Report shows cargo theft incidents continue to climb

May 14, 2024

Ryan Witkowski


According to one industry insider, cargo theft activity reached “new heights” in the first quarter of 2024.

On Friday, May 10, CargoNet – a Jersey City, N.J.-based data- and information-sharing company working with law enforcement and motor carriers to combat cargo theft – released the results from its 2024 First Quarter Supply Chain Risk Trends Analysis.

“CargoNet documented a staggering 925 incidents, marking a substantial 46% increase compared to the first quarter of 2023 and a concerning 10% rise from the fourth quarter of 2023,” the company said in a statement.
Data from CargoNet shows the average value of stolen shipments in the first quarter of 2024 was $281,757, with an estimated total loss of $154.6 million during the first three months of the year.

The company said the continued rise in cargo theft can be attributed in part to “complex fraud schemes,” which result in entire loads being “picked up and never delivered or delivered with digitally altered paperwork to hide the theft from the customer.”

During a recent interview with Land Line Now, Keith Lewis, CargoNet’s vice president of operations, said that incidents of strategic theft through fraud and other “deceptive acts” had increased 700% in some areas of the country.

“We’re seeing a couple of different groups; they’ve been around for a few years now, but they’ve really perfected the art of fraud and diversion, and that’s led to the increase,” Lewis said.

The overall increase in strategic cargo theft has been significant enough to wind up on the Federal Bureau of Investigation’s radar.

In April, the Office of Private Sector and the FBI’s Little Rock Field Office alerted transportation industry stakeholders to a fraud scheme that sought to “trick shippers, brokers or carriers into transferring loads to criminal actors for financial gain.”

According to data from the OPS, there were nearly 500 fraud and fictitious pick-up incidents recorded between November 2022 and July 2023, a year-over-year increase of 503%.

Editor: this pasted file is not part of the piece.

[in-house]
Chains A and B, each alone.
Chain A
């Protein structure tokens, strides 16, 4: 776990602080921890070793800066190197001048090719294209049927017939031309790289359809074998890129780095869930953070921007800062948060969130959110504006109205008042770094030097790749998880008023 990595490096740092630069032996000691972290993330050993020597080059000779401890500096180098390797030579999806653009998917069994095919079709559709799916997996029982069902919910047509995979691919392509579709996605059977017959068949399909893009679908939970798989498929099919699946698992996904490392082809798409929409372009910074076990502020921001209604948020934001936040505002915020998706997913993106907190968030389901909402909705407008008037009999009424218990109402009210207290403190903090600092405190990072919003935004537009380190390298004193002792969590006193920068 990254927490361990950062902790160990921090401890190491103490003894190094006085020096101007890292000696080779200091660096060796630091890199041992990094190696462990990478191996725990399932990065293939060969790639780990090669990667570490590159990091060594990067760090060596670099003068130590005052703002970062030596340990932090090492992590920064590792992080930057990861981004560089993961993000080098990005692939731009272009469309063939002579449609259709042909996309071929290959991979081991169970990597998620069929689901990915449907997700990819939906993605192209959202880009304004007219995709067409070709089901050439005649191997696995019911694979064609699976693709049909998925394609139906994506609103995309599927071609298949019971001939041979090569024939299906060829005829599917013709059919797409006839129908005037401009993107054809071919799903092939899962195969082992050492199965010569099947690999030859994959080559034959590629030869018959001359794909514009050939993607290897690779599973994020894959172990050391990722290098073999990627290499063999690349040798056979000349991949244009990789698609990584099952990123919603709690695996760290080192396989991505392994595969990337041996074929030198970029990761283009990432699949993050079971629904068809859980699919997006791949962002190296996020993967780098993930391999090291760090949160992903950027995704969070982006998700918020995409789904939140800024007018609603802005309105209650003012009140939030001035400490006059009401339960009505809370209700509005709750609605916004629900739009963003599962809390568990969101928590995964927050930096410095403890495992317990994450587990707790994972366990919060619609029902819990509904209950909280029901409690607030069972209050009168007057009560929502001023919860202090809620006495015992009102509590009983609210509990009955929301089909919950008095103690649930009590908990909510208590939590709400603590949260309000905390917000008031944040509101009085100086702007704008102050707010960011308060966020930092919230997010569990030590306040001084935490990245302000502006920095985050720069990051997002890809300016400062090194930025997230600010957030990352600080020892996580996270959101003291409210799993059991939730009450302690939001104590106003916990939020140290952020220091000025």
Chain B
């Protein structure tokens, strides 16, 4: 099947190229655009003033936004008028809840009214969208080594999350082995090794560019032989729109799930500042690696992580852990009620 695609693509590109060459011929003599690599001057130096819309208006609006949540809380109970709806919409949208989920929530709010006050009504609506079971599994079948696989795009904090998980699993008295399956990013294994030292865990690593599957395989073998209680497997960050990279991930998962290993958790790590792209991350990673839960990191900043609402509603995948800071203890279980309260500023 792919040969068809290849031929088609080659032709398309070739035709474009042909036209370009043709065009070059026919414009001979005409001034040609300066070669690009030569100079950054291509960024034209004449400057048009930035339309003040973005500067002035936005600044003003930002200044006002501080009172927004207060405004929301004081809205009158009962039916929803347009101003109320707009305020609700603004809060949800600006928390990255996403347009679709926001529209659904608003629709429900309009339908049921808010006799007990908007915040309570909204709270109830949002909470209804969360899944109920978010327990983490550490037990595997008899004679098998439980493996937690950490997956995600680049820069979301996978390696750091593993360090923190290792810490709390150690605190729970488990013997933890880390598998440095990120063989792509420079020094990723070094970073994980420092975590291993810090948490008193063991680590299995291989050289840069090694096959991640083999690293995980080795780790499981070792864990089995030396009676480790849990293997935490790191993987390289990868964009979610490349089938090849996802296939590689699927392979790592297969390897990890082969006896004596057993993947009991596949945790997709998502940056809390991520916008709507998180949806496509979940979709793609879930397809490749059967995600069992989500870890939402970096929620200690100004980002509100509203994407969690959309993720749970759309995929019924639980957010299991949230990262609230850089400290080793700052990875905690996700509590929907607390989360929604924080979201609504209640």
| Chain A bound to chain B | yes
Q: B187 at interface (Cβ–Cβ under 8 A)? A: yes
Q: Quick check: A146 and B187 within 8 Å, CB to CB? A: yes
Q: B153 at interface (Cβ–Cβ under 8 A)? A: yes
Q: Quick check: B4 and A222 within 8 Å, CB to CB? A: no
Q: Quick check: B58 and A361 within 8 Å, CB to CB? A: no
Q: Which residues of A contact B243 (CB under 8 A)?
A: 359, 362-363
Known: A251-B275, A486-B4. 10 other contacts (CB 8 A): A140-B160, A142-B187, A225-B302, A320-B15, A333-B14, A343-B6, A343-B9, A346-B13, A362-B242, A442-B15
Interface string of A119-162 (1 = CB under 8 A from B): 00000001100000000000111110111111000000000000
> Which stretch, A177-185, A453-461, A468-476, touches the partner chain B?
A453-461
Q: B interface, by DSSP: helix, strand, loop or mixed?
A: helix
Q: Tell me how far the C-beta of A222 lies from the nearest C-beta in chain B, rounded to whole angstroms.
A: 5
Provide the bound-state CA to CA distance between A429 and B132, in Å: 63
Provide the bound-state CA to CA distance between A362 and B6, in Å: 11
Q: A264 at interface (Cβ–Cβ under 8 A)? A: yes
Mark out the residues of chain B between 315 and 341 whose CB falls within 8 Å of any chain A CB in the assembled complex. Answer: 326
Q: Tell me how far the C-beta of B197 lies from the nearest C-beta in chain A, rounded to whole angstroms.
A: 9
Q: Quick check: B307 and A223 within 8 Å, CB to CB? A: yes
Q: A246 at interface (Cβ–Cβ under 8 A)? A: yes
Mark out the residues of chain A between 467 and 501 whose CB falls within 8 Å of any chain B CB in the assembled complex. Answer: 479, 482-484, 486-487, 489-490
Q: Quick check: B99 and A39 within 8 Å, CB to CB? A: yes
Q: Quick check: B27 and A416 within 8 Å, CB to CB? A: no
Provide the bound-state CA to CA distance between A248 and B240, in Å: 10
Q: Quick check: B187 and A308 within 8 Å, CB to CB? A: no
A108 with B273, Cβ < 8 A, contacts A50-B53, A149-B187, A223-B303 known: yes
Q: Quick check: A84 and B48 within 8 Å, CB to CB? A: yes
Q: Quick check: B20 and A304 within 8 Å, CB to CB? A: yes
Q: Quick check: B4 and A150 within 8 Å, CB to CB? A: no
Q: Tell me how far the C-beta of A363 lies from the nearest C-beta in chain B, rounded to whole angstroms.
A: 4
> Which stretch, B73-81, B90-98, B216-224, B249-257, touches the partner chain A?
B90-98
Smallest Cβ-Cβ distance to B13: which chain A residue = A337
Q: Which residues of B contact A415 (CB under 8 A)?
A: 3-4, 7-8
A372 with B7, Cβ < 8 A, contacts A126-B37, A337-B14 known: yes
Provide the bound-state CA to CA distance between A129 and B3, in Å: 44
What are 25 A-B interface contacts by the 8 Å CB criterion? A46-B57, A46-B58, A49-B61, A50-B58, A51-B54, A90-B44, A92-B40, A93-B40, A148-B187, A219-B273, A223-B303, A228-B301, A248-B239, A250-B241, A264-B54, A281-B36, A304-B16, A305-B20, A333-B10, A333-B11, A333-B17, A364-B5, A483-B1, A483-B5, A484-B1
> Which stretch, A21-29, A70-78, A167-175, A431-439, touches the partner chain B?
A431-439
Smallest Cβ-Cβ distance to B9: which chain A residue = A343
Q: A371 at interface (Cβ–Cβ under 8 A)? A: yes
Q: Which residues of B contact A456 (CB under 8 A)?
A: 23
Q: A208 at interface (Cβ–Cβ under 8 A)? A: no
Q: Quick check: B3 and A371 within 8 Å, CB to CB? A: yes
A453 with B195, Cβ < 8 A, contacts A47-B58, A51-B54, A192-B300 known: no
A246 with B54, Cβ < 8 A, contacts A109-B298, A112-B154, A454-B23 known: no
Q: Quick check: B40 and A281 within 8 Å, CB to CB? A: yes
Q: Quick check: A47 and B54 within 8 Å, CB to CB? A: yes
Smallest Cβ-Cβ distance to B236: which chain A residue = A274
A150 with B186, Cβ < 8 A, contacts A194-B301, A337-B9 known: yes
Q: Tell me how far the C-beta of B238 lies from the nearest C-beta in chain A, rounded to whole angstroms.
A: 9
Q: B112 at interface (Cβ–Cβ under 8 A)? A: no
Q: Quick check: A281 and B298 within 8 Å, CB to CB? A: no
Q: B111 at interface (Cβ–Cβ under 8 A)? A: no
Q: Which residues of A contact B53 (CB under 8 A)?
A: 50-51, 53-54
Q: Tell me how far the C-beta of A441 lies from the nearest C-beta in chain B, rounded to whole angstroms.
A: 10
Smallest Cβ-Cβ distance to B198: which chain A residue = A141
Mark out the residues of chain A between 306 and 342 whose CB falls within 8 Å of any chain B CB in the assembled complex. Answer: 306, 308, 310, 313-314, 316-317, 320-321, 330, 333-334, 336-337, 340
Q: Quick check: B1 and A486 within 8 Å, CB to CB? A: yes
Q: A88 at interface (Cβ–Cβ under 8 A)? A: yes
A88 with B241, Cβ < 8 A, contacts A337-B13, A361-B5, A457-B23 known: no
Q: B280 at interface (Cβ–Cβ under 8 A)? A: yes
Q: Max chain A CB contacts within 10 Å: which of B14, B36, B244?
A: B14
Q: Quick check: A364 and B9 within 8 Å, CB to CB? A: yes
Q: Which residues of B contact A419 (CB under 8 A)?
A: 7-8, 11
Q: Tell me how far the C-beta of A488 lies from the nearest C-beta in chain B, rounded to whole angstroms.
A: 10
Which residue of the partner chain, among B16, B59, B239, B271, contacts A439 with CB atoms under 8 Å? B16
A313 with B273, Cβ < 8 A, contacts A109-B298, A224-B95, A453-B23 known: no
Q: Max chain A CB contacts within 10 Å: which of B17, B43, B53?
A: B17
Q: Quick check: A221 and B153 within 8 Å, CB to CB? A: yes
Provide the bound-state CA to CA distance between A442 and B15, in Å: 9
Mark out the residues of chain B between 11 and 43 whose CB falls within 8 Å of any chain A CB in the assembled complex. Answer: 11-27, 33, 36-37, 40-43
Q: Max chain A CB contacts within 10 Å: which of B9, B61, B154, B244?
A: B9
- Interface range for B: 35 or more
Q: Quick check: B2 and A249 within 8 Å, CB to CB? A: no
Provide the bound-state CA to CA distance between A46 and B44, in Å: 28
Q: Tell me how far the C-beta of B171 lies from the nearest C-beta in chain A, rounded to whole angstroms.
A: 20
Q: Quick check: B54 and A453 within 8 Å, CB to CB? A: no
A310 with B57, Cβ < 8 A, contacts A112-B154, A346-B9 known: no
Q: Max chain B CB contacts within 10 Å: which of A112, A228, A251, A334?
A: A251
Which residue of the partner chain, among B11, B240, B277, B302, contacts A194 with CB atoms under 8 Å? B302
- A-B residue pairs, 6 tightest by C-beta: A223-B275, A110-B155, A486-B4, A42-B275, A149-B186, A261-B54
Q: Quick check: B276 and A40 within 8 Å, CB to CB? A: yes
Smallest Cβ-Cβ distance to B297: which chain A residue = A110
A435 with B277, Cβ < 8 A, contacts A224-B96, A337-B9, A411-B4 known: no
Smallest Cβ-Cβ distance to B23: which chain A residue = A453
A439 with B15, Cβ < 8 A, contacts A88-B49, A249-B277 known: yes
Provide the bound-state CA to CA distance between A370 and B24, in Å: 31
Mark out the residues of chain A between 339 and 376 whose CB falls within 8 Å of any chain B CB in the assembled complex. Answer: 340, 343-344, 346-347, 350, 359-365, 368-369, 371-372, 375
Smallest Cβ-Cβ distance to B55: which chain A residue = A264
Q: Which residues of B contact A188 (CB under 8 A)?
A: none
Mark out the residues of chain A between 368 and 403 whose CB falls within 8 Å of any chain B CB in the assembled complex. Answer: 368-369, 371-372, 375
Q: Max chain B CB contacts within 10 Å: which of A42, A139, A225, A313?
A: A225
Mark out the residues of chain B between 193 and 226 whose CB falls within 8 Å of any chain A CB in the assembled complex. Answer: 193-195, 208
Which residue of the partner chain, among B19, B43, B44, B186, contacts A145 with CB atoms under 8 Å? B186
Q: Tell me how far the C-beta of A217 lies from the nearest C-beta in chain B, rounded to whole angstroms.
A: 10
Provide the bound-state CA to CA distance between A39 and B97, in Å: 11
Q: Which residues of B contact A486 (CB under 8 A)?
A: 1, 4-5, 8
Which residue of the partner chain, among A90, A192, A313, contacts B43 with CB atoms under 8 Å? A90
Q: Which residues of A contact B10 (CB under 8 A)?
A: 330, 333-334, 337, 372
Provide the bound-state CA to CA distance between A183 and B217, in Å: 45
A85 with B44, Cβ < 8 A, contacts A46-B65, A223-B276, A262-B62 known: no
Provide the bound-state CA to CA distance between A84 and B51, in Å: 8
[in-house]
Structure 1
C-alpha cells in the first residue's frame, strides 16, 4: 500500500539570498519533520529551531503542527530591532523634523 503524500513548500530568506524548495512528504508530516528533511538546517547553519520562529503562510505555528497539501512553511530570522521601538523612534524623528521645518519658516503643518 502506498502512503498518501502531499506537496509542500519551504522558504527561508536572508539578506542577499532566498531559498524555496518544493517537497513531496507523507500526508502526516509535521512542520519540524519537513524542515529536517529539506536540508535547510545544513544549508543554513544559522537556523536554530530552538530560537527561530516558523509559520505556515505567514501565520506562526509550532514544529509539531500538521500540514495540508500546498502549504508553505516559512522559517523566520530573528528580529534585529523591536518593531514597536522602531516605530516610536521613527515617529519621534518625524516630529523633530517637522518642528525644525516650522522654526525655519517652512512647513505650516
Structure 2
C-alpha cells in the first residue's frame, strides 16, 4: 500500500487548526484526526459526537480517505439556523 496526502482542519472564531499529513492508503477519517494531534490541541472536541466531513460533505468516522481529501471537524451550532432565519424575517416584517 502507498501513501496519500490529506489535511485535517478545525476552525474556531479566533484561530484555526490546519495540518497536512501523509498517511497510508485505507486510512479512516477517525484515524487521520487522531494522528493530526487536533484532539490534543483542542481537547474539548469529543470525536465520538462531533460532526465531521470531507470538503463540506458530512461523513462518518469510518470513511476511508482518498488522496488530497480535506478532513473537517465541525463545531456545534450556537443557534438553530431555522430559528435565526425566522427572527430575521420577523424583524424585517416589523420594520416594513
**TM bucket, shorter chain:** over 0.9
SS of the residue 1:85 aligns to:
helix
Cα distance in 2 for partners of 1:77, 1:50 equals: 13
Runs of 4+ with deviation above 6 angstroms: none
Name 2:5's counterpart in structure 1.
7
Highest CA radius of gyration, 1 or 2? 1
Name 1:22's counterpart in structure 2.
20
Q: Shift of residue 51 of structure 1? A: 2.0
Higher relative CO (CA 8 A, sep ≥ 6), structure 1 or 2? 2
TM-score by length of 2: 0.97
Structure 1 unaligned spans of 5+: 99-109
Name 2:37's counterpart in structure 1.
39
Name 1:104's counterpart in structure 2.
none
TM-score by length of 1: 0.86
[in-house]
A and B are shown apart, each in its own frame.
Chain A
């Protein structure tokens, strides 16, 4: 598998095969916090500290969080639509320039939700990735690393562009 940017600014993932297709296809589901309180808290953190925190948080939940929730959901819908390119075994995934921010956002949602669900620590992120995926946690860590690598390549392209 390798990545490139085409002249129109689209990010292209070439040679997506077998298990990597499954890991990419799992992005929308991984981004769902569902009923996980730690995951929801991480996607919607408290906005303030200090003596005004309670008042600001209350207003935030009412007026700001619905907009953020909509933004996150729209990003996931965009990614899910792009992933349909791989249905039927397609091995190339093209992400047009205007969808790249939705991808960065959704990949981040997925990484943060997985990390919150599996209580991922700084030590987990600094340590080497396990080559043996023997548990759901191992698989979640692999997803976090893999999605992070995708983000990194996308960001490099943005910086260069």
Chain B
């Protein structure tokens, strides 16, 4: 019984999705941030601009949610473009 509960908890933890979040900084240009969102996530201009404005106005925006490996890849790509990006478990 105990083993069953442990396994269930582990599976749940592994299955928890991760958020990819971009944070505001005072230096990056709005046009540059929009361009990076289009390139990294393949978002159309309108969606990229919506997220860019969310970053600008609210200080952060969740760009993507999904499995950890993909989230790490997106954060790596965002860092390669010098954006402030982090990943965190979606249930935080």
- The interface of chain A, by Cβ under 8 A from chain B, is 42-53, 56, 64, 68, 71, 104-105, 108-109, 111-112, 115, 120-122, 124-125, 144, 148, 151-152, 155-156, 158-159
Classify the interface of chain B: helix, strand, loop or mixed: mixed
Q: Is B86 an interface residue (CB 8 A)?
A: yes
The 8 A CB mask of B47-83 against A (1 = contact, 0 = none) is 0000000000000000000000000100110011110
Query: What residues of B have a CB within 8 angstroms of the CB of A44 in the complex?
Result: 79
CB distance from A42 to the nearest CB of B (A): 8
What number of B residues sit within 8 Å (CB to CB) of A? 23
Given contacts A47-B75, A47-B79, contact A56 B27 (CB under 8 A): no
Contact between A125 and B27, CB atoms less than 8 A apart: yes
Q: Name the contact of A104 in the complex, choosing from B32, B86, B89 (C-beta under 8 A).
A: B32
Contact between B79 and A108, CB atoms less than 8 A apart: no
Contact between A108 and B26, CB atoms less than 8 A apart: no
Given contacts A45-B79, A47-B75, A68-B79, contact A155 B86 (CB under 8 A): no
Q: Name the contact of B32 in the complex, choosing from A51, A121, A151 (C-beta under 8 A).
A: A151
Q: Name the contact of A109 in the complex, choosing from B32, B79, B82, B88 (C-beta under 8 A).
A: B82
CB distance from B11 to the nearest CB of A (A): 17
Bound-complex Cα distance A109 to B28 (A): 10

Cargo theft by location

The company said that reported cargo theft events had increased in “most states” but that three states in particular accounted for 61% of all reported thefts in the first quarter of 2024. Those states were:

  • California (72% year-over-year increase)
  • Illinois (126% year-over-year increase)
  • Texas (22% year-over-year increase)

In its report, the company said that small appliances, liquor, energy drinks and copper were heavily targeted commodities during the first quarter.

“Thieves demonstrated a propensity to steal a wide array of goods, posing a significant threat to industries nationwide,” CargoNet said.

While strategic theft incidents helped to fuel the overall rise, the company said that “simple cargo theft,” including whole-trailer thefts and pilferages, continued to be a “persistent issue.” CargoNet added that during the first quarter of the year, notable hotspots for simple cargo theft were:

  • Southern California
  • Dallas-Fort Worth
  • Atlanta
  • The corridor spanning New York, North Jersey and Eastern Pennsylvania

“Looking ahead to the second quarter and beyond, CargoNet anticipates that high levels of non-delivery thefts and strategic shortages will persist,” the company said. “The threat landscape remains dynamic, necessitating continuous vigilance and proactive security measures from stakeholders across the supply chain.” LL

Listen to the full interview with CargoNet’s Keith Lewis below.